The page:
Snorting Ambien or otherwise using at increased doses can intensify its CNS depressant actions, which can lead to an overdose. This risk of overdose builds when Ambien is combined with other sedating drugs such as 2:
- Alcohol and alcoholic beverages.
- Benzodiazepines and barbiturates.
- Some types of over-the-counter medications, like cold and allergy meds (e.g., some antihistamines, dextromethorphan).
Overdosing on Ambien is dangerous and, in extreme situations, potentially lethal. Ambien overdose is a growing concern—the National Institute on Drug Abuse estimates that there were approximately 28,000 visits to emergency rooms in 2008 alone that involved the adverse effects of Ambien use (a rate that more than doubled from 2004) 3.
The signs of overdose are 1,4:
- Extreme sleepiness.
- Dangerously slowed or stopped breathing.
- Slurred speech.
- Marked loss of coordination.
- Loss of consciousness.
Nonfatal overdose symptoms often resolve within 6 hours after consumption. Some overdose patients can receive a medication to reverse effects of acute intoxication and overdose called flumazenil 4. This substance is primarily used to treat benzodiazepine overdose but has been shown to be effective in treating overdose from sleep aids like Ambien as well 4.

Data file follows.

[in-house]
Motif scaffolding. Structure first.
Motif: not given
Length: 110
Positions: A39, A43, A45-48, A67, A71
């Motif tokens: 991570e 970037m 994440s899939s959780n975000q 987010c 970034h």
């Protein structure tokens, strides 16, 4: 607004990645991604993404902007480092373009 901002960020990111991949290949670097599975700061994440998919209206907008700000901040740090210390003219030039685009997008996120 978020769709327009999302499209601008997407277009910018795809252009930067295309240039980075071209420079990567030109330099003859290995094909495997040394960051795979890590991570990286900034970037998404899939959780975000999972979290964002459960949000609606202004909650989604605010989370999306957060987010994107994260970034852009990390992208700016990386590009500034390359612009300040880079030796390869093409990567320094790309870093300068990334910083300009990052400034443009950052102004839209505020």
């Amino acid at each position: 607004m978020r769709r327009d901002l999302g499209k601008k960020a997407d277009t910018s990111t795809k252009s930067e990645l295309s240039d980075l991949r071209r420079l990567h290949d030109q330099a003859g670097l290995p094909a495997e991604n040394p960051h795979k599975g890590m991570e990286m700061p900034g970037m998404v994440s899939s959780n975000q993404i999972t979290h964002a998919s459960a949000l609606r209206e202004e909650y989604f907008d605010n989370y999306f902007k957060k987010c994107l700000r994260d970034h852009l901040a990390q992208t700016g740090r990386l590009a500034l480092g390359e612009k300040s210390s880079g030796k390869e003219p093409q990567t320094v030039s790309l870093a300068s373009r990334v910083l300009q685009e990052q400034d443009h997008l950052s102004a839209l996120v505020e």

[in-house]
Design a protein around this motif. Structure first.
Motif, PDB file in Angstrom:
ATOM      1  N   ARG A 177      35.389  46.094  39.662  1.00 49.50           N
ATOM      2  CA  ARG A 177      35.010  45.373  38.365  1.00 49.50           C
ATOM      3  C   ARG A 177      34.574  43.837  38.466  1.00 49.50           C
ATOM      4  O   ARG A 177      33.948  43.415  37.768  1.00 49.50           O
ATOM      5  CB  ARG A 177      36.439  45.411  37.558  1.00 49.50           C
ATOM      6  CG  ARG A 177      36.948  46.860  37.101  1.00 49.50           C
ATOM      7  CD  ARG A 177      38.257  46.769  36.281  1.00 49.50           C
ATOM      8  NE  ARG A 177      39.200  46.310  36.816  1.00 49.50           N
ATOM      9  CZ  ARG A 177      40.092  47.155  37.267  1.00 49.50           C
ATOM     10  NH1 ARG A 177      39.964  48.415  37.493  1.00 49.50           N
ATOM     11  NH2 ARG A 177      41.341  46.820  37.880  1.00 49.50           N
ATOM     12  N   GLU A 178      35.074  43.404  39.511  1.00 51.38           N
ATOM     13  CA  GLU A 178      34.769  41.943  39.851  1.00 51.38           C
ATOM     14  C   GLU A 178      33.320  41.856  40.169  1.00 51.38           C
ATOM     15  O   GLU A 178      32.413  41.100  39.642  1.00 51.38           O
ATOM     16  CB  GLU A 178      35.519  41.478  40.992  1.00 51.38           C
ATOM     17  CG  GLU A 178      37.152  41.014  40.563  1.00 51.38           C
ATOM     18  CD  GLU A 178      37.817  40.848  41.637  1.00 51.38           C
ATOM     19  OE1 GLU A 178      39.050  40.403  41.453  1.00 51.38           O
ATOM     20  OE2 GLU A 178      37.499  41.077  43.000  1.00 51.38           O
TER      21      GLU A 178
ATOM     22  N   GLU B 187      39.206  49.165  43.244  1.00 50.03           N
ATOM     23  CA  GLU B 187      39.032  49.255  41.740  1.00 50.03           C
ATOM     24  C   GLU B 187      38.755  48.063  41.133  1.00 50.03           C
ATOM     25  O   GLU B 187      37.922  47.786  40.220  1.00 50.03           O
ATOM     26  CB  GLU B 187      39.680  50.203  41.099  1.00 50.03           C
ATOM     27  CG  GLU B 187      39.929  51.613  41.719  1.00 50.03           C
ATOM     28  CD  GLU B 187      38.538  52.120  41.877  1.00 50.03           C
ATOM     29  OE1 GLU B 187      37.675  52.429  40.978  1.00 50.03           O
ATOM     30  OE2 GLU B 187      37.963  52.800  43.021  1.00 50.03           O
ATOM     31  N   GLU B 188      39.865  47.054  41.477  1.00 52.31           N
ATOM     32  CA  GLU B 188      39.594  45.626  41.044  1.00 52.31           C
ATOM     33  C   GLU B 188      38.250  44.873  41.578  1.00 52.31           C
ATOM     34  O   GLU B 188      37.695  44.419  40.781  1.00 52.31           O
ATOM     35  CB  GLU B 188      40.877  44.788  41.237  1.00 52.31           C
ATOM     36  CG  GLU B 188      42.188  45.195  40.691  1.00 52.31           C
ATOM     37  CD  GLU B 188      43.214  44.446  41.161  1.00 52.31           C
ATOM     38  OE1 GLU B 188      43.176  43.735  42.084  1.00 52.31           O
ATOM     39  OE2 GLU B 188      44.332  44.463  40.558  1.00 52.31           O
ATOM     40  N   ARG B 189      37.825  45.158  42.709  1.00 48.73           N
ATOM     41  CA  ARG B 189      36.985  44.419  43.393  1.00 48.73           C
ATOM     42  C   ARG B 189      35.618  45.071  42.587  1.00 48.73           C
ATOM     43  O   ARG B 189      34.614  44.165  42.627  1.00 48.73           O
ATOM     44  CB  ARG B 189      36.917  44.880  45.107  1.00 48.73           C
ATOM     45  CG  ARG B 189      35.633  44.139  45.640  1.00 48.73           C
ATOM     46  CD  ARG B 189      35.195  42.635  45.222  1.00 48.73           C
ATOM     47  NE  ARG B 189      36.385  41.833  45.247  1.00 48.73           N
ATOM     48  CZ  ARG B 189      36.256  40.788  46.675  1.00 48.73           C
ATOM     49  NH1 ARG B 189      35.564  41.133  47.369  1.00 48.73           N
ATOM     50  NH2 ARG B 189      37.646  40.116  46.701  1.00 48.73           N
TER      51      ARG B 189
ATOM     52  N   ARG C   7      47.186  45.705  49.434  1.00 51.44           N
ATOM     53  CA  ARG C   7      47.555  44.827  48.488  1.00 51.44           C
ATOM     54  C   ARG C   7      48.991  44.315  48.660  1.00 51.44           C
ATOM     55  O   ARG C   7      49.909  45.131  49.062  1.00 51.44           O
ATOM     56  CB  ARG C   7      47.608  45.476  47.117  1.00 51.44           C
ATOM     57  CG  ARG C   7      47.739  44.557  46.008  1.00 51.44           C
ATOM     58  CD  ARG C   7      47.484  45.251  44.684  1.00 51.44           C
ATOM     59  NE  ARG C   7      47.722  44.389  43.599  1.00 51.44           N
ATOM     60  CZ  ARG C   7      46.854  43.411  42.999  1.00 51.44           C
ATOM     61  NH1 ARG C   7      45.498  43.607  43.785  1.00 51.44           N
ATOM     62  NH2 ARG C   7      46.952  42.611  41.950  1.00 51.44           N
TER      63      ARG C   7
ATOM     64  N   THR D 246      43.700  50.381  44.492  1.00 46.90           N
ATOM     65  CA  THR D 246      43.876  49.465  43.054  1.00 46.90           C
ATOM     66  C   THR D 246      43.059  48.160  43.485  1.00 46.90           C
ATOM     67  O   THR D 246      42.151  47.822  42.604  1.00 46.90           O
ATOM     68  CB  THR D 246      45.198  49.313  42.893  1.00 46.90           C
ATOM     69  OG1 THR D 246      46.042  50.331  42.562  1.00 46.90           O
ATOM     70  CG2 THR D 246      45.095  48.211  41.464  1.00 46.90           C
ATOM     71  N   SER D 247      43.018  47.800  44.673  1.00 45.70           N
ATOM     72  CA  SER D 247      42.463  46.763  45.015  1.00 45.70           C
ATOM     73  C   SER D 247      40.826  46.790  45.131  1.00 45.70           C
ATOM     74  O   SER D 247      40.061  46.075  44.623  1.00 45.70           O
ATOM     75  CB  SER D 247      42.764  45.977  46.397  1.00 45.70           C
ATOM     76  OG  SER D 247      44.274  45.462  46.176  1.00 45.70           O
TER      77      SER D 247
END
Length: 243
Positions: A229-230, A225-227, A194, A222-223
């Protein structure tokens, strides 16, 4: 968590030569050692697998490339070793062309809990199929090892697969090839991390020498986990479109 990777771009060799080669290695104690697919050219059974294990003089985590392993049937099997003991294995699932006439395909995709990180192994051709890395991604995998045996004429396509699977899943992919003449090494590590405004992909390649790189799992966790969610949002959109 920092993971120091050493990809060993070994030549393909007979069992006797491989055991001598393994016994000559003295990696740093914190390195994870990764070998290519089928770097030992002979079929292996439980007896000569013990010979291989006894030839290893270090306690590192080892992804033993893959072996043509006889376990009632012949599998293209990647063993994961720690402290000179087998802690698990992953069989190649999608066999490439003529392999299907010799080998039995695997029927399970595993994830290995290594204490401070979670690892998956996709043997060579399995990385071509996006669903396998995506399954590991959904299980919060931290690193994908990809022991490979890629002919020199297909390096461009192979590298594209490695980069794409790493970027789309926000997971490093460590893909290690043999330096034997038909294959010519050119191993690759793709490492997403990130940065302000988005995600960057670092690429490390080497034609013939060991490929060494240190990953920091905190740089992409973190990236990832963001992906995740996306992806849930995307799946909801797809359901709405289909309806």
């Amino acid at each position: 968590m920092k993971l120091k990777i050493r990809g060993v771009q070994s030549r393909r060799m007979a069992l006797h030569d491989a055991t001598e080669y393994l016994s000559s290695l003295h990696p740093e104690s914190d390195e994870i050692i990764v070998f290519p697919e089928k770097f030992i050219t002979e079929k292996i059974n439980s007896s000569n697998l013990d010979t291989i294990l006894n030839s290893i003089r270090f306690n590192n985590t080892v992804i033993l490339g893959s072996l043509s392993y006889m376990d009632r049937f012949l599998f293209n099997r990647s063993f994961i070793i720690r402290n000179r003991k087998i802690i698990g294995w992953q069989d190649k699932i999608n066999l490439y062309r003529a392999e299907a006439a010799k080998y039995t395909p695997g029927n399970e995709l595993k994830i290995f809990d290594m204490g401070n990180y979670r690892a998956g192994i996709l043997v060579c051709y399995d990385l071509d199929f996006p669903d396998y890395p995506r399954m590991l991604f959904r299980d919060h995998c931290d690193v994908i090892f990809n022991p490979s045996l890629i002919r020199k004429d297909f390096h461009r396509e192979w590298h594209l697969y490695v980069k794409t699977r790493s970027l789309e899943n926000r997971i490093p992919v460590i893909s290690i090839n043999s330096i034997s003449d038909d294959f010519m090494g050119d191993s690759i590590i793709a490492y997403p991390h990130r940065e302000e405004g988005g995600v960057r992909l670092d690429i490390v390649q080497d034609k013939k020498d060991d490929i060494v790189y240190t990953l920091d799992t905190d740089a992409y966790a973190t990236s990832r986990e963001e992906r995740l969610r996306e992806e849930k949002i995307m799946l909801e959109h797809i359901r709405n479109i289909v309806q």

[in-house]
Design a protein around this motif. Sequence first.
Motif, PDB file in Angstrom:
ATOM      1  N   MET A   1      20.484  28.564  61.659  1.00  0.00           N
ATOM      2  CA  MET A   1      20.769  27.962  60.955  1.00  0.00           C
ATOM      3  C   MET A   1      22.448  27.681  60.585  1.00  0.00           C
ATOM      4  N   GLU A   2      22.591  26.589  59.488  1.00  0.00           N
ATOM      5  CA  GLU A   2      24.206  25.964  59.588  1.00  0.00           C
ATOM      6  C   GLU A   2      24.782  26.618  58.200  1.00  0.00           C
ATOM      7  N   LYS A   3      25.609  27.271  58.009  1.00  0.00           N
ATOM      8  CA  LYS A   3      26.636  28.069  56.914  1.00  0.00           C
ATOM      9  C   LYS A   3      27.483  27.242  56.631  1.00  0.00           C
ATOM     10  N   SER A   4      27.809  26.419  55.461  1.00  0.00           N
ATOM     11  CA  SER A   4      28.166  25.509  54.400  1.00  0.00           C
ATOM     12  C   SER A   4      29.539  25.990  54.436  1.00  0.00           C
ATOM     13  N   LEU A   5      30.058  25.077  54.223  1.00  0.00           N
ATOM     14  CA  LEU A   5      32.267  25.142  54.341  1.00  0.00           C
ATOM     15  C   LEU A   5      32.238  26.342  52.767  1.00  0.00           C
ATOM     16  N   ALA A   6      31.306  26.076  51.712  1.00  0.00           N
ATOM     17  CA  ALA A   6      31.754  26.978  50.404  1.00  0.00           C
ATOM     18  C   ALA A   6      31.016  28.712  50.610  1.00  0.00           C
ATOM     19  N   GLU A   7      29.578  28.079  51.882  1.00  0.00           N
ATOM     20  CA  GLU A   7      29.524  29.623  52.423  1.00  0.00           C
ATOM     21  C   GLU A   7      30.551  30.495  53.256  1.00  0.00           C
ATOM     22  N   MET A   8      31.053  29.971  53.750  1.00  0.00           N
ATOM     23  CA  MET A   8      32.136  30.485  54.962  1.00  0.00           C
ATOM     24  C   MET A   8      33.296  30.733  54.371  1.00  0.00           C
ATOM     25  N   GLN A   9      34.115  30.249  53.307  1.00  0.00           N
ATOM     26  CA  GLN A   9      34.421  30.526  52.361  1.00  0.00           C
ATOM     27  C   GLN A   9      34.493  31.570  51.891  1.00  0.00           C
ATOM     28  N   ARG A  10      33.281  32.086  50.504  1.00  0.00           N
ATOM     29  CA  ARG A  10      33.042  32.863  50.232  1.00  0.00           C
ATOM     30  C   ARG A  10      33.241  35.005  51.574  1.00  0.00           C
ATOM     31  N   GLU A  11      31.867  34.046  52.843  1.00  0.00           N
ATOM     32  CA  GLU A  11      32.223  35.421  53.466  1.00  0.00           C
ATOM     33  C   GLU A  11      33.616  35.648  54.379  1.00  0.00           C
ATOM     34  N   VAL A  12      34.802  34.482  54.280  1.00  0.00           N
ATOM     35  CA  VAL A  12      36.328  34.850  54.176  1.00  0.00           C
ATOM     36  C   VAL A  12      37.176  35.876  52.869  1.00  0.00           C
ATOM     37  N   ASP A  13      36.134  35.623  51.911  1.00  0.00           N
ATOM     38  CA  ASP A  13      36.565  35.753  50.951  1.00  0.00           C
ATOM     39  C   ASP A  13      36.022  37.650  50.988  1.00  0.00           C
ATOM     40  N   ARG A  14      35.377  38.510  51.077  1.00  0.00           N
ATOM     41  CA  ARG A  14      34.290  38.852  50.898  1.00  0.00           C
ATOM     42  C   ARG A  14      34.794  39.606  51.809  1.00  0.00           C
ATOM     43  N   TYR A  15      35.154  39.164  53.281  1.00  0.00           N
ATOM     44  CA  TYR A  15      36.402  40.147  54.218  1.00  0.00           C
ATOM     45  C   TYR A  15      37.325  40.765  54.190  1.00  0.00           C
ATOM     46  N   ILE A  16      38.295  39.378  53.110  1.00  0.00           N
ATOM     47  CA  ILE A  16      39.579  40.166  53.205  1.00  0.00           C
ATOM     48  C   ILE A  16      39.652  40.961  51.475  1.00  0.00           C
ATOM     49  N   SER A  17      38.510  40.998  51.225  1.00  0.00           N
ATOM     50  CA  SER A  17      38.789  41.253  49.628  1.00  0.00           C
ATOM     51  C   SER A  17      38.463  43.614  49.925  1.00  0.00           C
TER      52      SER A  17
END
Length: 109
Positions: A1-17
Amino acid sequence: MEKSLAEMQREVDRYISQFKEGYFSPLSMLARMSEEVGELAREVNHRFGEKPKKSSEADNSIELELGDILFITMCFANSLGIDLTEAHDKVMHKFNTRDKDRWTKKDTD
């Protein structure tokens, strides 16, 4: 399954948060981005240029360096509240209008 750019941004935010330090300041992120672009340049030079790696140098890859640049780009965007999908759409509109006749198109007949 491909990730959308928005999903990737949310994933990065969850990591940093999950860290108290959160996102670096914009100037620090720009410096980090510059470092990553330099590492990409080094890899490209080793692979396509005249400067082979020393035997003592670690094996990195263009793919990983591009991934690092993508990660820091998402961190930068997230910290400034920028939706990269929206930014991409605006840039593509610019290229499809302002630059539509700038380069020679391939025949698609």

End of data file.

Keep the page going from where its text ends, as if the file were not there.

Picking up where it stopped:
Signs That Someone is Addicted
Those abusing Ambien may display certain telltale behaviors commonly seen as part of the larger issue of addiction, or substance use disorder. A primary indicator of addiction is the persistent use of Ambien even when it causing or could be reasonably anticipated to lead to negative consequences 9. Other signs include 9:
- Taking more and more of the substance over time.
- Unsuccessfully trying to stop taking the drug.
- Spending more time, effort, and money getting and using the drug.
- Escalating conflicts with loved ones.
- Experiencing more difficulty maintaining responsibilities at work, home, and school.
- Worsening mental health or physical health symptoms.
Certain physical signs may indicate that someone you love is abusing Ambien by snorting it. These signs of abuse include:
- Sniffing or wiping nose often.
- Powder on face, hands, or clothes.
- Tools like straws and mirrors that may be used when crushing and snorting Ambien.
Getting Help for Addiction
To end their addiction, people abusing Ambien may attempt to quit abruptly. This can be very challenging and problematic, though, as ending use can bring about withdrawal symptoms. The symptoms will present in a way similar to alcohol withdrawal and may include symptoms like 1,4:
- Nausea and vomiting.
- Increased sweating.
- Tachycardia (raised heart rate).
- Trouble sleeping despite being tired.
- Increased crying.
- Strong cravings for more Ambien.